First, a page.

Cultural depictions of Edward II of England

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Fictional portrait of King Edward II of England. The scene on the lower part shows the king being murdered. Ca. 1700 AD

Edward II of England has been portrayed in popular culture a number of times.

Theatre and music[edit]

  • The most famous fictional account of Edward II's reign is Christopher Marlowe's play Edward II (c. 1592). It depicts Edward's reign as a single narrative and does not include Bannockburn. It makes reference to Gaveston. In recent years, several acclaimed productions have been staged in the United Kingdom, although the play is seldom performed in the United States outside of large cities and university towns.

Literature[edit]

  • John Crowley's first novel, The Deep (1975), features (in part) a fantasy version of the story of Edward II and his Wars as seen by a strangely sexless visitor from outside the world.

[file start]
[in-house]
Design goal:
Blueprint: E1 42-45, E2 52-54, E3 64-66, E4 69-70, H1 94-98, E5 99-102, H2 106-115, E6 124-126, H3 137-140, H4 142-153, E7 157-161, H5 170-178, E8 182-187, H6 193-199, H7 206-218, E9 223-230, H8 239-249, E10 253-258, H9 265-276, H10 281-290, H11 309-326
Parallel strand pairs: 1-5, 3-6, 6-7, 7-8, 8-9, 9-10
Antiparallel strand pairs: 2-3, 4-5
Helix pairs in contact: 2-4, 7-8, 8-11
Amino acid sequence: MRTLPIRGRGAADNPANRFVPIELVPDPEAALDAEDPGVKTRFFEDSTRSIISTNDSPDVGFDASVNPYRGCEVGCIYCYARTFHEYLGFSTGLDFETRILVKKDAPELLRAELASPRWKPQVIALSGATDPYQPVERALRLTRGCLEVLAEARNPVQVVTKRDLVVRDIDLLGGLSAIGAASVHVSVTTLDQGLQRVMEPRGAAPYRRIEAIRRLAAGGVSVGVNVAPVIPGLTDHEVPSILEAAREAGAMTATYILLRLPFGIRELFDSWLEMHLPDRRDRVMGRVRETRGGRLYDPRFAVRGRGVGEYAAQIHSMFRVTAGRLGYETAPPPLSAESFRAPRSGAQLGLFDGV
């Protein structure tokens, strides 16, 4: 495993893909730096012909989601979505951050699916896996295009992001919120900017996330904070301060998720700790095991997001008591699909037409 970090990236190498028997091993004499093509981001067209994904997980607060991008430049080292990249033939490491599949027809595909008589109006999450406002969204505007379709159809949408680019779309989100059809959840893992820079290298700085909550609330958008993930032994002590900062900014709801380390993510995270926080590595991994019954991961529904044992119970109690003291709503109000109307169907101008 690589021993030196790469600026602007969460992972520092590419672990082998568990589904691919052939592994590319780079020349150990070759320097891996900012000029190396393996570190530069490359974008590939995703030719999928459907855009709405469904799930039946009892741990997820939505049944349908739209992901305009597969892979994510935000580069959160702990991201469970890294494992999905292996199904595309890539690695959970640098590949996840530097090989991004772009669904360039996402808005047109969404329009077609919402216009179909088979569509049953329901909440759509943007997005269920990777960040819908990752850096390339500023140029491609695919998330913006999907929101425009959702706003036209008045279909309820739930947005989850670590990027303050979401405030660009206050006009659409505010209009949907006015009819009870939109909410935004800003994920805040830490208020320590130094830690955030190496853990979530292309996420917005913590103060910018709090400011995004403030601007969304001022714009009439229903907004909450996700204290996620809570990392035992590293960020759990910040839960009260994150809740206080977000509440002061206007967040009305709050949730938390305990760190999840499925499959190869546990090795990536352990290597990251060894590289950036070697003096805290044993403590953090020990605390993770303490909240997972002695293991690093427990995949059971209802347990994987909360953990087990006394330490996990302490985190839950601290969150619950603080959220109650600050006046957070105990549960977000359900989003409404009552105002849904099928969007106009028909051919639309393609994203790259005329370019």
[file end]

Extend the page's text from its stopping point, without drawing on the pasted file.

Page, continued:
• Medieval mystery novelist P. C. Doherty has set a number of his books against the backdrop of Edward II's reign.
  • Part of the plot of Ken Follett's novel World Without End (2007) revolves around a secret letter that proved Edward II had survived and escaped imprisonment, which letter was potentially embarrassing to both Isabella and Edward III.
  • British novelist Robert Goddard's novel Name to a Face (2007) discusses the theories and circumstances of Edward II's survival. Within a fictionalized setting, it is speculated that an older Edward II may be the identity of a semi-legendary medieval figure known as the Grey Man of Ennor, who traveled England mysteriously curing sufferers of the Black Death in the mid-14th century.
  • Chris Hunt's novel, Gaveston (1992), published by the Gay Men's Press, is based on Edward's life, in particular his relationship with Piers Gaveston, as well as Edward's subsequent relationships.
  • Medieval mystery novelist Michael Jecks has set a number of his books against the backdrop of Edward II's reign.

Film and television[edit]

Onscreen, Edward has been portrayed by:

Radio[edit]